The right personality can add years to your life

It’s fair to say that everyone wants to live a longer life, but it’s even better to live a long and healthy life. Most people know what to do to achieve this goal, but they may not always follow the advice of their own inner guidelines. It’s all too easy to skip your early morning workout, snack on a donut during a coffee break, or enjoy an extra glass of wine during a particularly tasty meal. But perhaps you will practice what health experts preach and resist these temptations without any difficulty. Your eye is focused on the prize of a long and healthy life, a goal that you believe is within your control.

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Researchers in the field of behavioral medicine and health recognized decades ago that personality must be taken into account when understanding the factors that influence the adoption of a life-extending lifestyle. This field has its origins in the now classic, if imperfect, studies of the “Type A behavior pattern,” in which hard-working, impatient, achievement-oriented, and super-punctual individuals appeared to have a higher risk of cardiovascular disease than their normal counterparts. -back Type B counterparts. Researchers continue to delve into related personality and behavioral patterns, with the latest mention being ‘Type D’ (for distressed), which refers to people who suppress their negative emotions, compromising their recovery after a cardiovascular event. More generally, however, researchers are interested in the general personality traits or dispositions that can influence people’s health through lifestyle risk factors.

The latest research into the link between health and personality has addressed this issue by studying more than 131,000 individuals included in international samples of different cohorts from Australia, Germany, the United Kingdom and the United States. Markus Jokela and colleagues (2019), from the University of Helsinki (Finland), based this powerful analysis of personality’s relationship with health outcomes on the Five-Factor Model of Personality, also known as the ‘OCEAN’ model: Openness to Experience, Conscientiousness, extroversion, agreeableness and neuroticism. As the Finland-led team of researchers notes, previous evidence supports a link between individual differences in personality and – the ultimate measure of health – mortality risk. For example, people low in Conscientiousness have a 14% higher mortality rate because their low self-control, lack of planning, and general irresponsibility “lead to unhealthy life choices and risk-taking” (p. 1). There are weaker associations for the other four factors, but all are in the expected direction.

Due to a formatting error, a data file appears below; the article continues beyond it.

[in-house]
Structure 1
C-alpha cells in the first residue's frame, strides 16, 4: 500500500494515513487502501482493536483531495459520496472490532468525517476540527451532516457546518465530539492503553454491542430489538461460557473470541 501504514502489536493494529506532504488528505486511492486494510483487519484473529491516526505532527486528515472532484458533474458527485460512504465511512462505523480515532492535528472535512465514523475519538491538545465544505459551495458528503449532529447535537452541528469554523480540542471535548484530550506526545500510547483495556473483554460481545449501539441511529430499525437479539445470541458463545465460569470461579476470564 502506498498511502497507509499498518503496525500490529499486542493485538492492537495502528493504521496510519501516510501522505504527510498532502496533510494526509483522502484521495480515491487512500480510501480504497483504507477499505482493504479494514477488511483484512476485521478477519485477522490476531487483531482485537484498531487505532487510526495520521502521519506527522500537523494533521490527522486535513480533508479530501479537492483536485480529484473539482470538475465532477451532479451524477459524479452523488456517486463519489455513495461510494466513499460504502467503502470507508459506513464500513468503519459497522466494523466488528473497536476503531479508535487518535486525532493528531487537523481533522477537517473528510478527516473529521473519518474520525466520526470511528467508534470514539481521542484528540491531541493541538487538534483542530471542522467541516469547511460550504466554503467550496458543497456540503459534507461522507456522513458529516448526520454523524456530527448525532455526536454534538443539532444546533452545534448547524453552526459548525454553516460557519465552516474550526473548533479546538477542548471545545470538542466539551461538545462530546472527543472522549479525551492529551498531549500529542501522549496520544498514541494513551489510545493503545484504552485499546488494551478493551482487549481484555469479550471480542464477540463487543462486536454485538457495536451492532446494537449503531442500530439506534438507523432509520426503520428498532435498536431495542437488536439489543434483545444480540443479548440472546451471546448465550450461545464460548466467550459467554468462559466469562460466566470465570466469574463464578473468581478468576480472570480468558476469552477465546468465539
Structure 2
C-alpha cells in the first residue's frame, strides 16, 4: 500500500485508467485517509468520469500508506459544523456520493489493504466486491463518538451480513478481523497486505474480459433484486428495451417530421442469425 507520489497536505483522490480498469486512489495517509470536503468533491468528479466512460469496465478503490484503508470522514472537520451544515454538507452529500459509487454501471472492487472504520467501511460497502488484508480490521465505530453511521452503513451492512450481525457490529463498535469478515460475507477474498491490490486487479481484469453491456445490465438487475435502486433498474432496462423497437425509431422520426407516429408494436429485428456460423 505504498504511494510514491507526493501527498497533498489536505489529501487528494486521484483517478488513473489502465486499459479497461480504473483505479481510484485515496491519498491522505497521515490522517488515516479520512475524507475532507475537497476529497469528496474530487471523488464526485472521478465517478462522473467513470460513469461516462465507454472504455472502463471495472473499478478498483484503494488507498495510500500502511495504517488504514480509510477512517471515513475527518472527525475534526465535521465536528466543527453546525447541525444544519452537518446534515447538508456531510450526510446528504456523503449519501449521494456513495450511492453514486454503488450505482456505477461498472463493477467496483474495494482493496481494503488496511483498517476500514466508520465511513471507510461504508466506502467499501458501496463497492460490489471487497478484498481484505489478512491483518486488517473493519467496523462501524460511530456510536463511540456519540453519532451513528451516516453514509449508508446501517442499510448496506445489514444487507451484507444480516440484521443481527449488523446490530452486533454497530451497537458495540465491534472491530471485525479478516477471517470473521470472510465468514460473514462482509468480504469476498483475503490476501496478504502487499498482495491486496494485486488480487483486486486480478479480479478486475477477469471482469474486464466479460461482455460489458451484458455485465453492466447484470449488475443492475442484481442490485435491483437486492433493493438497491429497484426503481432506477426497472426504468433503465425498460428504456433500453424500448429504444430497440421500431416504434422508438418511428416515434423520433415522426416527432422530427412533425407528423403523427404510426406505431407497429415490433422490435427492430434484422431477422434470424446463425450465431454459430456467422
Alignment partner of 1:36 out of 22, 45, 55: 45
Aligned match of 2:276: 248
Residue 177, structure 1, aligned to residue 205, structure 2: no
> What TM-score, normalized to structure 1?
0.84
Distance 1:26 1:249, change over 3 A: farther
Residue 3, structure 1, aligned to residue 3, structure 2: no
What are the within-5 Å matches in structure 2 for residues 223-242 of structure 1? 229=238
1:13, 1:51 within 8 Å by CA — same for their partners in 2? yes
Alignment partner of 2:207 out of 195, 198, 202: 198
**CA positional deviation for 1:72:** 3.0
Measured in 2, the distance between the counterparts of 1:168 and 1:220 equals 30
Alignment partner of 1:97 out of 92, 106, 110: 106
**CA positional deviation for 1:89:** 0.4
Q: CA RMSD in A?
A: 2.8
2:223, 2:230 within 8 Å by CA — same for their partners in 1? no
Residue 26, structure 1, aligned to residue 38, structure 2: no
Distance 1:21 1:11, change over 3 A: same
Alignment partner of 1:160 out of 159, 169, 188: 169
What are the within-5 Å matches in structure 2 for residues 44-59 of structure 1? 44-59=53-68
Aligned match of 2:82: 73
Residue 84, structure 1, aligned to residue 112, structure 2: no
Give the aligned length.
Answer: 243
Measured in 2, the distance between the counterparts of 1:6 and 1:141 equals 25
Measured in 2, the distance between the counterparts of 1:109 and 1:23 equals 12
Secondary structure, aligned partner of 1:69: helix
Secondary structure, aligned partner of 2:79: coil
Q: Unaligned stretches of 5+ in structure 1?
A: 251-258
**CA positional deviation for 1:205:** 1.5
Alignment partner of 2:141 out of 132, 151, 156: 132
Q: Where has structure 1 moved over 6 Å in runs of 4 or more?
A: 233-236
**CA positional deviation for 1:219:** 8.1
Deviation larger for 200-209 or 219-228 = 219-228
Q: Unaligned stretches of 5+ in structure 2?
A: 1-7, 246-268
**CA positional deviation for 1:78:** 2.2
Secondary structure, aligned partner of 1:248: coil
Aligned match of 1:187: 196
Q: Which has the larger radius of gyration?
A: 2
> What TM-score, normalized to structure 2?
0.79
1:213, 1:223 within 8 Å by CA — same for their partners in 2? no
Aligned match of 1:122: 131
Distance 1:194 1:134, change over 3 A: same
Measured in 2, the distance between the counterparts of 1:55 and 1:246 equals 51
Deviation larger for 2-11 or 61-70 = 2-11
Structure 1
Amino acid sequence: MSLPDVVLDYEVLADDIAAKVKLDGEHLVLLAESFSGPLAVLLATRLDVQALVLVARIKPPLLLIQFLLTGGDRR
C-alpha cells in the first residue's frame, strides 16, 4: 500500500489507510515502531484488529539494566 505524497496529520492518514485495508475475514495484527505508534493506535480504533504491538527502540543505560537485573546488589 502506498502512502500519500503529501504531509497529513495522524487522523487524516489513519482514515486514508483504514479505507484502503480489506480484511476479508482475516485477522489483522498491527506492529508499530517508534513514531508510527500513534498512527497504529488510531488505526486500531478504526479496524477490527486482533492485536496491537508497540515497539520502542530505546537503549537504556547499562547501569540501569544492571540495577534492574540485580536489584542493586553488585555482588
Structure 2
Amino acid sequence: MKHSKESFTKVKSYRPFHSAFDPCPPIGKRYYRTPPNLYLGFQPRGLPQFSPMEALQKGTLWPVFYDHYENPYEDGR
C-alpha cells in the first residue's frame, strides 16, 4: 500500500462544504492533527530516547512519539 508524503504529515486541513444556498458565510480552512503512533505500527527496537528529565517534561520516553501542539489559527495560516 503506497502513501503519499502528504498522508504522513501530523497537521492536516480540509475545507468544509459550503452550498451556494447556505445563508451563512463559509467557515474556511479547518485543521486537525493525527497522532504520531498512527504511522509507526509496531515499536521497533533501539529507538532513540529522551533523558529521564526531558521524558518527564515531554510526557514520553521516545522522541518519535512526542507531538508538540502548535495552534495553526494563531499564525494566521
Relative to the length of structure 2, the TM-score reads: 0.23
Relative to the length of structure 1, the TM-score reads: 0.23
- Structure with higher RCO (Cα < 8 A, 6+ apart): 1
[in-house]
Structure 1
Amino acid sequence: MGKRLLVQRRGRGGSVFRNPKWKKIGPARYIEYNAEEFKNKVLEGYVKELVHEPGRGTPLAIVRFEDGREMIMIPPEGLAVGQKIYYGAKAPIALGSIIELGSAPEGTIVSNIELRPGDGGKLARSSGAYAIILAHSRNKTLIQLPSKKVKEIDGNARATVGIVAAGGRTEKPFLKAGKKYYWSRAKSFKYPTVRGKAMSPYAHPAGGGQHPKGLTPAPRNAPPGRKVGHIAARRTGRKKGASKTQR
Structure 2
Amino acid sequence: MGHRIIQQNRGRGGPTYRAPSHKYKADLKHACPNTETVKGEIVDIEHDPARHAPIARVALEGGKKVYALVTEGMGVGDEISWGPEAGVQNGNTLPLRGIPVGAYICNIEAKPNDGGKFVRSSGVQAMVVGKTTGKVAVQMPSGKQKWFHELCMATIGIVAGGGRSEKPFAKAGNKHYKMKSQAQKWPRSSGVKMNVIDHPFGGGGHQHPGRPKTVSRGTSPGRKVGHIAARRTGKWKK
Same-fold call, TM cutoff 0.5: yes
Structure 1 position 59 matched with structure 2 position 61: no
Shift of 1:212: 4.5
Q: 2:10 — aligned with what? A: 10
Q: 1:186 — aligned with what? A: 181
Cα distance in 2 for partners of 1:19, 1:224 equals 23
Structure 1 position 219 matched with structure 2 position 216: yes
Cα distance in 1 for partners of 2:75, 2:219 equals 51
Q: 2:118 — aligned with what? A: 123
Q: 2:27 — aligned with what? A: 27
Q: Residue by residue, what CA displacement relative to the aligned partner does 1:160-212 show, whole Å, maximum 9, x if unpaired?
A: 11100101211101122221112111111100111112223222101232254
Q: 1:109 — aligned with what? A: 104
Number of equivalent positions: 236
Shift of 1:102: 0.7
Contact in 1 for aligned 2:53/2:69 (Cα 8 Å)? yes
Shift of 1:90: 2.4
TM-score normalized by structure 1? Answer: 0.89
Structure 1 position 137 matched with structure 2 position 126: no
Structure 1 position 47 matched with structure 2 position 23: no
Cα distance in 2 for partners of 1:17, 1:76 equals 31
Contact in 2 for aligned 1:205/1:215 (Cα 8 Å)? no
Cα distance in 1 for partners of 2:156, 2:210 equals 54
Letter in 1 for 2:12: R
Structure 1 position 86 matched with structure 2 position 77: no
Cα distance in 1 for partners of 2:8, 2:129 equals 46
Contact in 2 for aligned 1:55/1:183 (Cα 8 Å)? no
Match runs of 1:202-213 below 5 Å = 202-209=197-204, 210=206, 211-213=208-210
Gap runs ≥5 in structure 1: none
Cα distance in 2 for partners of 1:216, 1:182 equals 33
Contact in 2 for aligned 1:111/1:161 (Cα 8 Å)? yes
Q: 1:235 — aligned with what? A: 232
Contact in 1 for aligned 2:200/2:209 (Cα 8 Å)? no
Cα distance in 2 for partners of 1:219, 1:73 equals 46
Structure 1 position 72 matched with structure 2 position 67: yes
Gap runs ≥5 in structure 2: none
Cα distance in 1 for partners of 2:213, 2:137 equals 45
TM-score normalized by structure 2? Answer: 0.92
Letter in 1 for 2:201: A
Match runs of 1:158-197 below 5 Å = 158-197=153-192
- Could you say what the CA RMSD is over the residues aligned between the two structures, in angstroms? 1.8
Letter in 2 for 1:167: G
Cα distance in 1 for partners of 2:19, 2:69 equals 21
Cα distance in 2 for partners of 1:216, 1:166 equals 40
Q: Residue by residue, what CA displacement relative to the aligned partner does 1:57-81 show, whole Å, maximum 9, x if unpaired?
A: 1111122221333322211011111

Despite the fact that mortality risks are now relatively well documented, Jokela and his fellow researchers believe there is room for improvement by quantifying the relationships with personality using life expectancy, an ‘absolute population measure’. In other words, mortality rates may be affected by the age of the samples, but life expectancy takes age (a risk factor for mortality) into account. Moreover, as the authors note, mortality or even life expectancy only tells part of the story. You don’t just want to grow old, you want to live without illness and disability. “Longevity is valuable, but a healthy and fully functional long life is even more valuable” (p. 2), as they very astutely state. To connect the links between personality, life expectancy, and disability-free years, Jokela and his fellow researchers had to take a longitudinal approach, examining the long-term outcomes associated with basic measures of personality. Because the longest follow-up occurred 22 years later (mean 7.2 years), these outcomes, among survivors, included measures of activities of daily living (ADL) as an assessment of disability status. The researchers correlated baseline with mortality data over the progressive years of the study.